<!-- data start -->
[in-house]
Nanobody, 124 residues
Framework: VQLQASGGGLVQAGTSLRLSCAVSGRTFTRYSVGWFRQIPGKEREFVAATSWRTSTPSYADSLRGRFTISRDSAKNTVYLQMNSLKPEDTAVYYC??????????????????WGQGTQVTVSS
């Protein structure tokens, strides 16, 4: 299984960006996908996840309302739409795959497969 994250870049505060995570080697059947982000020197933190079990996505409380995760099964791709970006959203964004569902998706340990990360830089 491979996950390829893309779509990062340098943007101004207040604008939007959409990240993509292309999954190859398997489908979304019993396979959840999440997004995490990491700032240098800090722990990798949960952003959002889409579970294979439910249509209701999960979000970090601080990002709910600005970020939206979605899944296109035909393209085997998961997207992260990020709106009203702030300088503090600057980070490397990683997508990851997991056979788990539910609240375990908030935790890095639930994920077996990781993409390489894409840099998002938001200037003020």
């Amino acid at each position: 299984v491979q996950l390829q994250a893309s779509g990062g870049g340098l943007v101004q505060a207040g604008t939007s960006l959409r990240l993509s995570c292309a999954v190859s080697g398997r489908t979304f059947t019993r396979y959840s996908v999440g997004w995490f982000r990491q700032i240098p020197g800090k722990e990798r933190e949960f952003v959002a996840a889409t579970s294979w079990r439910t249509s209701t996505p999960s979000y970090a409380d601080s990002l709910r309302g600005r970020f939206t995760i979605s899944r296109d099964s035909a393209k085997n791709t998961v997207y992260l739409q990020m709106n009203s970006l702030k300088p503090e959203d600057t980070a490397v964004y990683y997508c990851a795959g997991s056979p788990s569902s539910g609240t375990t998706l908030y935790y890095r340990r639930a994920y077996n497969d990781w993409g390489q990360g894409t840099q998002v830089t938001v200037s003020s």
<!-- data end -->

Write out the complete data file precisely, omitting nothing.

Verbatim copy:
[in-house]
Nanobody, 124 residues
Framework: VQLQASGGGLVQAGTSLRLSCAVSGRTFTRYSVGWFRQIPGKEREFVAATSWRTSTPSYADSLRGRFTISRDSAKNTVYLQMNSLKPEDTAVYYC??????????????????WGQGTQVTVSS
């Protein structure tokens, strides 16, 4: 299984960006996908996840309302739409795959497969 994250870049505060995570080697059947982000020197933190079990996505409380995760099964791709970006959203964004569902998706340990990360830089 491979996950390829893309779509990062340098943007101004207040604008939007959409990240993509292309999954190859398997489908979304019993396979959840999440997004995490990491700032240098800090722990990798949960952003959002889409579970294979439910249509209701999960979000970090601080990002709910600005970020939206979605899944296109035909393209085997998961997207992260990020709106009203702030300088503090600057980070490397990683997508990851997991056979788990539910609240375990908030935790890095639930994920077996990781993409390489894409840099998002938001200037003020």
């Amino acid at each position: 299984v491979q996950l390829q994250a893309s779509g990062g870049g340098l943007v101004q505060a207040g604008t939007s960006l959409r990240l993509s995570c292309a999954v190859s080697g398997r489908t979304f059947t019993r396979y959840s996908v999440g997004w995490f982000r990491q700032i240098p020197g800090k722990e990798r933190e949960f952003v959002a996840a889409t579970s294979w079990r439910t249509s209701t996505p999960s979000y970090a409380d601080s990002l709910r309302g600005r970020f939206t995760i979605s899944r296109d099964s035909a393209k085997n791709t998961v997207y992260l739409q990020m709106n009203s970006l702030k300088p503090e959203d600057t980070a490397v964004y990683y997508c990851a795959g997991s056979p788990s569902s539910g609240t375990t998706l908030y935790y890095r340990r639930a994920y077996n497969d990781w993409g390489q990360g894409t840099q998002v830089t938001v200037s003020s």